Savannah is the oldest city in Georgia, and was founded by British General James Oglethorpe in 1733. Oglethorpe is the one who came up with Savannah’s city plan, a system of squares, surrounded by homes, churches and businesses. Twenty-two of the original 24 squares still remain. Many buildings in Savannah are pre-Civil War, because General Sherman did not destroy Savannah on his “march to the sea” from Atlanta. In fact, in December of 1864 Sherman presented Savannah to President Abraham Lincoln as a Christmas gift!
On the surface at least, Savannah is more of a southern lady than New Orleans. Even the name sounds genteel. I didn’t stay long enough to really get a feel for the town, however, as this trip was much shorter than my NOLA trip—only one full day and two half-days. With no agenda except vacationing, my friend and I chose the “fly by the seat of our pants” travel plan. My inner control freak gnashed her teeth, but managed to keep quiet most of the time. Here are some of the highlights of the trip:
We arrived in Savannah to find the temperatures would likely be more than 100 degrees all three of the days we are in town, with heat indexes of 110-112. Goody. (Kerri lives in Seattle, WA, where the temperatures were averaging the upper 70s this week. Tell me again why we weren’t meeting each other in Seattle?)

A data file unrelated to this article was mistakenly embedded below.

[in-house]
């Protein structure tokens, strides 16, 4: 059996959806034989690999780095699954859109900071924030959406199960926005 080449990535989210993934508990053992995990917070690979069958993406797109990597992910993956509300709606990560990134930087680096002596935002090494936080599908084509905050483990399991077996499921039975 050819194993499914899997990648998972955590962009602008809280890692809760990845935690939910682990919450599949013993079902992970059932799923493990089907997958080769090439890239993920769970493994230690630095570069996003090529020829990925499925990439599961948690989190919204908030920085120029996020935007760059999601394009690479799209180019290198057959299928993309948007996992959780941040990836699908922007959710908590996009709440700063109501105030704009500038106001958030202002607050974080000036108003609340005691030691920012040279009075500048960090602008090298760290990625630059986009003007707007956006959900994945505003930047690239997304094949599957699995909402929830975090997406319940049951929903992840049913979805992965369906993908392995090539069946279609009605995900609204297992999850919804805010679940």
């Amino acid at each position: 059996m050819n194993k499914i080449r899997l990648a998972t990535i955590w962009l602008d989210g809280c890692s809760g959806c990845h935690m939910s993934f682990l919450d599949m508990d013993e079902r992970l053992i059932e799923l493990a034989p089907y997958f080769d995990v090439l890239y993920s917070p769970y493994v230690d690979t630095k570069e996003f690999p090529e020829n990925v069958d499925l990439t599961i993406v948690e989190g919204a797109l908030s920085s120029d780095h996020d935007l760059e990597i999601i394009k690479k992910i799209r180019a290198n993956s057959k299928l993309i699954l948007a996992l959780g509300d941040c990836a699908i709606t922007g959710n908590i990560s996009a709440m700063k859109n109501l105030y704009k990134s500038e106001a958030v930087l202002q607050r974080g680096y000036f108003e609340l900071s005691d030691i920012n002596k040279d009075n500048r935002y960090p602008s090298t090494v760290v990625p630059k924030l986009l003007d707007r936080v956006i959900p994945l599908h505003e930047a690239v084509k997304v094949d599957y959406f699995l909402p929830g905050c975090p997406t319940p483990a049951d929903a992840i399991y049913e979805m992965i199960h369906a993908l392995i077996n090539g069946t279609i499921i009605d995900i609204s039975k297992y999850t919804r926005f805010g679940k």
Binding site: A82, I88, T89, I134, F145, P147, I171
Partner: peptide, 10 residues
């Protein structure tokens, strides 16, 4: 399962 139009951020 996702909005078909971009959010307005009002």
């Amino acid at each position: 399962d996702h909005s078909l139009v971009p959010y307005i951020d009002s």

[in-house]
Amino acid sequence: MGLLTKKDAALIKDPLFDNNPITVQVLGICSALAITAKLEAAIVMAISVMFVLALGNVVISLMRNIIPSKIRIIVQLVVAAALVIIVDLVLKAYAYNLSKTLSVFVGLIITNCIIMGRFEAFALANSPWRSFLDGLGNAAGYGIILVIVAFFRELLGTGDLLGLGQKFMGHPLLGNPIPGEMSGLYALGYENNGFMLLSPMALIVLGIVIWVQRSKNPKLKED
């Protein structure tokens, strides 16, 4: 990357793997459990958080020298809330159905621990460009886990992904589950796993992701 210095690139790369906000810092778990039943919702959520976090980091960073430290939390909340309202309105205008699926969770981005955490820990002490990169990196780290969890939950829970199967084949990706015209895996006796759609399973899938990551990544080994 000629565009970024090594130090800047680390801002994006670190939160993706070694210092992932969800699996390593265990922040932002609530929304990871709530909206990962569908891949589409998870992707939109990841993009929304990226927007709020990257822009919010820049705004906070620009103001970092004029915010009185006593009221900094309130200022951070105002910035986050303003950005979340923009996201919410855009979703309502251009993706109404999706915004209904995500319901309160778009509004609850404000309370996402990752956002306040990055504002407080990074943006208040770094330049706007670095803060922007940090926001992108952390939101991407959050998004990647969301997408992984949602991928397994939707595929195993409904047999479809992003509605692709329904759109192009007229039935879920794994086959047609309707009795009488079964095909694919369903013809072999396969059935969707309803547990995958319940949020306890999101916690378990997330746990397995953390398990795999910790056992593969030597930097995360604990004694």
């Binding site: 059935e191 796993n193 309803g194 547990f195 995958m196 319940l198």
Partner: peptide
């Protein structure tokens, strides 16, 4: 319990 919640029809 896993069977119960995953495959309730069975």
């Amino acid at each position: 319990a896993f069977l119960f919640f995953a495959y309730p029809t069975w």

Our first stop was the Savannah Visitor’s Center, where we picked up brochures for hotels and various tours and attractions. We wanted to go on a ghost tour, and see a house museum as well as walk the streets admiring the architecture and looking for good photo ops. Several trolley tour companies begin their Savannah tours from the Visitor’s Center and we decided to return the next day for an organized tour before we hit the cobblestones on foot.
After checking out several hotels, we opted for the Inn at Ellis Square. After a brief rest, we wandered down to River Street where it promptly began to rain. The late-afternoon thunderstorm is a staple in Florida, and evidently in Savannah, too, as it rained every afternoon, adding a certain extra soupiness to the already steamy air.
We walked to The Olde Pink House for dinner. Built in 1771 for the Habersham family, it originally got its distinctive pink color when the native red brick bled through the plastered walls. Besides being a private residence, The Olde Pink House has been a bank, attorney’s office, tea room and bookstore. The food was some of the best I’ve ever eaten, and the service was just as good. If you’re ever in Savannah, I highly recommend this restaurant.
Some of the delicious food:
|No one ever told us not to play with our food...|